Volume 11, Issue 4 (July & August - Special Issue on Memory, Reward & Stress 2020)                   BCN 2020, 11(4): 423-432 | Back to browse issues page

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M. Al-kuraishy H, I. Al-Gareeb A. Citicoline Improves Human Vigilance and Visual Working Memory: The Role of Neuronal Activation and Oxidative Stress. BCN 2020; 11 (4) :423-432
URL: http://bcn.iums.ac.ir/article-1-918-en.html
1- Department Of Pharmacology, Toxicology and Medicine College of Medicine Al-Mustansiriya University, Baghdad, Iraq.
Introduction: Psychomotor performance task is used to assess the arousal and cognitive functions of the central nervous system. Alternatively, human visual working memory reflects the capability of the individual’s short-term memory. Psycho-mental stimuli are linked to the stimulation of Malondialdehyde (MDA) formations. Citicoline is a nootropic nucleotide agent with a favorable effect on the augmentation of human memory and cognitive function. Thus, the purpose of this study was to determine the effect of citicoline on human vigilance, visual working memory, and oxidative stress using healthy volunteers. 
Methods: 40 healthy volunteers were enrolled and divided into two groups: group A: 20 volunteers received 500mg/day starch capsule for two weeks and group B: 20 volunteers received 500mg/day citicoline capsule for two weeks. Human vigilance, visual working memory, and oxidative stress markers of each volunteer were assessed before and after citicoline and placebo intake. The obtained data were analyzed by SPSS regarding P<0.05 as statistically significant.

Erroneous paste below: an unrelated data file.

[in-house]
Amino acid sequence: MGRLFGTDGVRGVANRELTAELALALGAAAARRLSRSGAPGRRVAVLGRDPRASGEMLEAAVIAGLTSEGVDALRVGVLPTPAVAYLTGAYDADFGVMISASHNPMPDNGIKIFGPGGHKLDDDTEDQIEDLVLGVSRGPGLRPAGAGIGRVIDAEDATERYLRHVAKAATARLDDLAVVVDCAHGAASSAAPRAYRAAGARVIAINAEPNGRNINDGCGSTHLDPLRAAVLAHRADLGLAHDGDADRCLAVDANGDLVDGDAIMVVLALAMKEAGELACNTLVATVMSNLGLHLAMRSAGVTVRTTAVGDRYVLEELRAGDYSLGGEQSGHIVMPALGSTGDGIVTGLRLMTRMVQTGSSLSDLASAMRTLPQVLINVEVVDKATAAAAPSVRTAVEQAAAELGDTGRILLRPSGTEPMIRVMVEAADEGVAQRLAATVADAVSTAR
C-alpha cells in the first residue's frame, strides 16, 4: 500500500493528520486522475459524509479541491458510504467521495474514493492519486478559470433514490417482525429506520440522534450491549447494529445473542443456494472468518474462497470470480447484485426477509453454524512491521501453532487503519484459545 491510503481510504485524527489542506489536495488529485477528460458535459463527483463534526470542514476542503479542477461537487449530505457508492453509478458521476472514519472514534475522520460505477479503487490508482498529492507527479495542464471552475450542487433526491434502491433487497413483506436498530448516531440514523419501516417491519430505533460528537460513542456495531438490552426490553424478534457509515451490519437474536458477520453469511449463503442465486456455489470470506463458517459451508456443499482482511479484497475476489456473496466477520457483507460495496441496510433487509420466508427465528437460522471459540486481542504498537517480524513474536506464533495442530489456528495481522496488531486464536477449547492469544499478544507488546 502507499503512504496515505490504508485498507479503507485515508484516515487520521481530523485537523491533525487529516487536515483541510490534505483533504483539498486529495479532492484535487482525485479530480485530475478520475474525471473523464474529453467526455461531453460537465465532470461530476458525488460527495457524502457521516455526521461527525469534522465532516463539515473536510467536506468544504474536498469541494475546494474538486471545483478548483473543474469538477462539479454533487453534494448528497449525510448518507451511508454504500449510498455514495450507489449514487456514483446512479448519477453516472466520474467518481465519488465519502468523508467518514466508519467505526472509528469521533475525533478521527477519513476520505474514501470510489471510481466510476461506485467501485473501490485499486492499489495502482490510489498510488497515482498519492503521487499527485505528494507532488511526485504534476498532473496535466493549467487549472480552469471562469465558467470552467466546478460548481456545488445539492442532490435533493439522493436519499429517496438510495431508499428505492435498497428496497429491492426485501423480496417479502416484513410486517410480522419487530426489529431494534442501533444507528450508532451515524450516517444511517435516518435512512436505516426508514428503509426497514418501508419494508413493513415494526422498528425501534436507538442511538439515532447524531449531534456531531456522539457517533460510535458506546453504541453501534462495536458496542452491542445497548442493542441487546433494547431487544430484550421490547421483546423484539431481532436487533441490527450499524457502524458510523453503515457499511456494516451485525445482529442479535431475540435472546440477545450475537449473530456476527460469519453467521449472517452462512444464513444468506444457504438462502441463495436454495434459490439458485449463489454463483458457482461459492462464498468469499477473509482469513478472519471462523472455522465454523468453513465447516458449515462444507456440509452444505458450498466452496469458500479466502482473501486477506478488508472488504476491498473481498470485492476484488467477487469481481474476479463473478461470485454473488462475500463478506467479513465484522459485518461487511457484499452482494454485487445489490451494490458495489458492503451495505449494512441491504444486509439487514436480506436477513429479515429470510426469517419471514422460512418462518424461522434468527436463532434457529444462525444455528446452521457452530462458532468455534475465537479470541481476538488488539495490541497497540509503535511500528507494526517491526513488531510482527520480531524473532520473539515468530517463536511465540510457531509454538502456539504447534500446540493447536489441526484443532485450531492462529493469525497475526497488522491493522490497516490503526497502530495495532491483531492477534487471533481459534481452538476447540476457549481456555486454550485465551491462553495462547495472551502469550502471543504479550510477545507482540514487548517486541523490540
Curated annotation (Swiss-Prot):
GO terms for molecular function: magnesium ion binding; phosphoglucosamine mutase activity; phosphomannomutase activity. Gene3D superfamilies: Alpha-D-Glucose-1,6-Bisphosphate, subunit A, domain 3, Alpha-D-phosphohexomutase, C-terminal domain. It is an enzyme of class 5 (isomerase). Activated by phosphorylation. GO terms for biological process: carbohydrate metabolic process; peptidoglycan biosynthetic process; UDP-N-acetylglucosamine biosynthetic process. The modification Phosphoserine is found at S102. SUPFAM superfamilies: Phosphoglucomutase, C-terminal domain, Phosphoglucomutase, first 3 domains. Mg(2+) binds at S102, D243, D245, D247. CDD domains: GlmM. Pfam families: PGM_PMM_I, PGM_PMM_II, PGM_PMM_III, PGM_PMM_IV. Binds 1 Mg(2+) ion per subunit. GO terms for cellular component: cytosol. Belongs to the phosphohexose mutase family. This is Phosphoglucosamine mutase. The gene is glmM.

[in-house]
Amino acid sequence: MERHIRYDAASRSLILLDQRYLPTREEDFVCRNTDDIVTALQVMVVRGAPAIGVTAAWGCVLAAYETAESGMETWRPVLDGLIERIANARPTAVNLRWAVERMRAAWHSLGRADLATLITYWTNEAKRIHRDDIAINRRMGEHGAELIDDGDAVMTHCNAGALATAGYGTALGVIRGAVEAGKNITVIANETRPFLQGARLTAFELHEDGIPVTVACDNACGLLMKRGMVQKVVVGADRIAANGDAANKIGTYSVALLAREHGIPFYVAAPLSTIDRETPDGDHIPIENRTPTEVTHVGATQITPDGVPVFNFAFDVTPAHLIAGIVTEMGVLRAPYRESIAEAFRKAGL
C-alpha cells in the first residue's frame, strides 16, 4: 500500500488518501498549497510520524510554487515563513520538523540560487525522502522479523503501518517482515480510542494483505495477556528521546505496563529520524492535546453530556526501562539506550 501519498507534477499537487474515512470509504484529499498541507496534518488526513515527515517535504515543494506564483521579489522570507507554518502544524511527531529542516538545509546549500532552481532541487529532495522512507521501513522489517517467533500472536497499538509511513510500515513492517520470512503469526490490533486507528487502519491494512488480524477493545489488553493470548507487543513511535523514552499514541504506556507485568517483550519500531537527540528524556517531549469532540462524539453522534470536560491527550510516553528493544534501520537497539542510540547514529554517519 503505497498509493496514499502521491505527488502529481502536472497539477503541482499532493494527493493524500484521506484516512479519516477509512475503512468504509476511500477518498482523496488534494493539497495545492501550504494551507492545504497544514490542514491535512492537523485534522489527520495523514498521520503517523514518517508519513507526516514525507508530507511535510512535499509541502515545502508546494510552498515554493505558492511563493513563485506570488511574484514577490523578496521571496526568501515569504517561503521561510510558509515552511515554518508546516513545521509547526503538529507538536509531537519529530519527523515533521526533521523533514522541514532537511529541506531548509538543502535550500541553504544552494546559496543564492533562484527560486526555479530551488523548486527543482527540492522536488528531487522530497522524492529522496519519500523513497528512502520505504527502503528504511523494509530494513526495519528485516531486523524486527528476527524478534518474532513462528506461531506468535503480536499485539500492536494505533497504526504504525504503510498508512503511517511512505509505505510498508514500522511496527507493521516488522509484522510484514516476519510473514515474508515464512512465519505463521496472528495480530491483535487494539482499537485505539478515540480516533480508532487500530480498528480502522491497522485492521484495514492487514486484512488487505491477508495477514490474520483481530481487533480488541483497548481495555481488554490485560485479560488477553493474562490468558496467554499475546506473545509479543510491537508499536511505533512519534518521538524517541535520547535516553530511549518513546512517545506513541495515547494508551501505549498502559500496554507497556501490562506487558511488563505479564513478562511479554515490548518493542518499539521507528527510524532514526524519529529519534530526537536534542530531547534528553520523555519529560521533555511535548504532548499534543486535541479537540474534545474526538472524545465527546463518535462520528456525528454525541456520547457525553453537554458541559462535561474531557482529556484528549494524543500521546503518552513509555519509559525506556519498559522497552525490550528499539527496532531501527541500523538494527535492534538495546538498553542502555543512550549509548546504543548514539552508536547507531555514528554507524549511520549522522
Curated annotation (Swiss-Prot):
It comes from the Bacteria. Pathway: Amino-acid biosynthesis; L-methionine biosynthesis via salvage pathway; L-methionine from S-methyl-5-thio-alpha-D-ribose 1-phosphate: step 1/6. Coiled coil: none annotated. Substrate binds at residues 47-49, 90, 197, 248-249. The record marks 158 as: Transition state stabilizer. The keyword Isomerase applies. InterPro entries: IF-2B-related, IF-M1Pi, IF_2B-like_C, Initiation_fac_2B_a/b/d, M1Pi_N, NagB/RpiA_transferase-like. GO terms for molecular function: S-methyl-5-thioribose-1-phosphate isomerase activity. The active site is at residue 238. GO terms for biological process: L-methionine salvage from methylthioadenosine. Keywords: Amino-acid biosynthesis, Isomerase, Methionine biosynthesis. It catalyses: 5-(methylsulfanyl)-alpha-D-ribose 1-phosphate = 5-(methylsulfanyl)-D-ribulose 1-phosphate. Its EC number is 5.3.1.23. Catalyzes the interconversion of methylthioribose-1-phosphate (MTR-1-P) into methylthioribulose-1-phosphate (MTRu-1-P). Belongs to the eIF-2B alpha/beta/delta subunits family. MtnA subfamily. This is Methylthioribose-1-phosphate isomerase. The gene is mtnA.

Results: Placebo had no significant effect on human vigilance and visual working memory after two weeks of therapy (P>0.05), whereas citicoline improved most variables of psychomotor performances and working memory (P<0.01). Placebo significantly increased serum MDA levels from 19.44±2.11 to 29.66±3.28 nmol/mL (P=0.0001), while citicoline significantly decreased MDA serum levels from 19.11±2.66 to 15.63±1.33 nmol/mL (P=0.0001).
Conclusion: Citicoline improves human psychomotor vigilance, arousal, and visual working memory with significant amelioration of oxidative stress compared with placebo.
Type of Study: Original | Subject: Cognitive Neuroscience
Received: 2017/02/27 | Accepted: 2019/11/10 | Published: 2020/07/1

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